Happy Easter! Eggs Are Still Super Expensive

Eggs cost double what they did a year ago — though prices are starting to ease.
Laura McMullen
By Laura McMullen 
Published
Edited by Rick VanderKnyff

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If you were planning to dye eggs this Easter, well, maybe opt for decorating some cookies instead. That’s because, after a year of climbing prices, the cost of eggs is still frustratingly high.

The average cost of a dozen large, Grade A eggs in February was $4.21, according to the U.S. Bureau of Labor Statistics’ consumer price index, published March 14. That’s up — OK, way, way up — from $2.01 a year earlier.

Eggs aren’t alone when it comes to rising food costs; you’ve probably noticed that, on the whole, groceries are pricier. The index for groceries increased 10.2% year over year, according to the CPI report, which is a measure of the average change in prices paid by U.S. consumers.

Eggs, specifically, are now so expensive because of a bird flu that started in January 2022 and has led to the deaths of nearly 59 million birds, according to the U.S. Department of Agriculture. So there’s a supply and demand issue, to say the least, and inflation hasn’t helped.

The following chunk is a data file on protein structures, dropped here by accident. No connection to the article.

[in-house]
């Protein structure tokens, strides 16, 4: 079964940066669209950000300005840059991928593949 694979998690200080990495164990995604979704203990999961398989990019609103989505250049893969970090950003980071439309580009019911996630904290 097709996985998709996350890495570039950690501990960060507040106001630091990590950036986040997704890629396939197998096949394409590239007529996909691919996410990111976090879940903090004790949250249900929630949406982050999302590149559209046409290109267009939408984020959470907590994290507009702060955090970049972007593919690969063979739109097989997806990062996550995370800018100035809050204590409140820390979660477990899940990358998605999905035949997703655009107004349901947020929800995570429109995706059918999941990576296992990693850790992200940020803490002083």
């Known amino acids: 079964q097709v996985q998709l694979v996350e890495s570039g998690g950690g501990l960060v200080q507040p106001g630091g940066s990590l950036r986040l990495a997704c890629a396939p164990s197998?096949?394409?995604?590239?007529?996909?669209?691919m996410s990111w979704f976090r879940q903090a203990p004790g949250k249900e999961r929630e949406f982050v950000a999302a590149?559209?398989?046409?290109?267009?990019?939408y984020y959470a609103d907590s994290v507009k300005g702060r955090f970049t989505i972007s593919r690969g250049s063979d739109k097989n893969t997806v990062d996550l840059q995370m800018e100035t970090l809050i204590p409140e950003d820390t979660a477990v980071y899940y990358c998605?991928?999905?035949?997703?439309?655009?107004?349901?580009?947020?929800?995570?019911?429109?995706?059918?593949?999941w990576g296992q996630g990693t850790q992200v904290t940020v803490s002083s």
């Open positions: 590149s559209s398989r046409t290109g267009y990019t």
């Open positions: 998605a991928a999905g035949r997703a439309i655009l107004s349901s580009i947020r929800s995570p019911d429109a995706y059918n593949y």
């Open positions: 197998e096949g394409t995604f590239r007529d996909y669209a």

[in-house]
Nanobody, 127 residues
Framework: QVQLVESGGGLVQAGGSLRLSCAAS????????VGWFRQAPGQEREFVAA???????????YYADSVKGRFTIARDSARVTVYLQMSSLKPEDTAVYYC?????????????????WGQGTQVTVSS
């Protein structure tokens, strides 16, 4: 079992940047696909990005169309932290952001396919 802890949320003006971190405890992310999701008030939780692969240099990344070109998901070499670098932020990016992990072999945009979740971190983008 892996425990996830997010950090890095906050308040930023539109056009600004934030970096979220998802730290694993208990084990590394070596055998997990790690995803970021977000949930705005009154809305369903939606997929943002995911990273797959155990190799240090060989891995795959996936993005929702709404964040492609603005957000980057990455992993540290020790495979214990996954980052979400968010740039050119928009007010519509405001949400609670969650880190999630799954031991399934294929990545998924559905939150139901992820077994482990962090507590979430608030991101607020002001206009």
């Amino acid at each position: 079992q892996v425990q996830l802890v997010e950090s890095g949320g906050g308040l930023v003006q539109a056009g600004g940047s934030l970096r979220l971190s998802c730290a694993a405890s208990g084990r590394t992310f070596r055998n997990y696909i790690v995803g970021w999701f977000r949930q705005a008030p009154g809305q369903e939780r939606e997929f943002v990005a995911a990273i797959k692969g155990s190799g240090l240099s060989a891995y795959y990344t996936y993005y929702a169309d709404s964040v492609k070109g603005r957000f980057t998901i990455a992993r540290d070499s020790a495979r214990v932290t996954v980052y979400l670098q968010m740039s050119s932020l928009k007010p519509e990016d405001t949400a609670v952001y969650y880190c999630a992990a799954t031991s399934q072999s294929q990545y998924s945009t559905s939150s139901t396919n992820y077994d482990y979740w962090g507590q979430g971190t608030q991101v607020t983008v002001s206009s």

But there may be a light at the end of the fridge: Eggs are finally getting cheaper. While the egg index increased 11.1% from November to December, it decreased 6.7% from January to February, according to the CPI.

As for other Easter-related foods — that ham dinner may feel a touch pricier, as its index increased 3.3% from January to February. But, hey, prices for lettuce, dried beans, peas and lentils are down since February. Good news if you want to go for a vegetarian menu.

If you’re feeling festive and want to shell out for expensive eggs to dye, at least make sure they’re safe to eat. Refrigerate hard-boiled eggs within two hours of cooking, and use them within one week, advises the Egg Safety Center, an organization that represents commercial egg producers. Or just stick with the frosted cookies.

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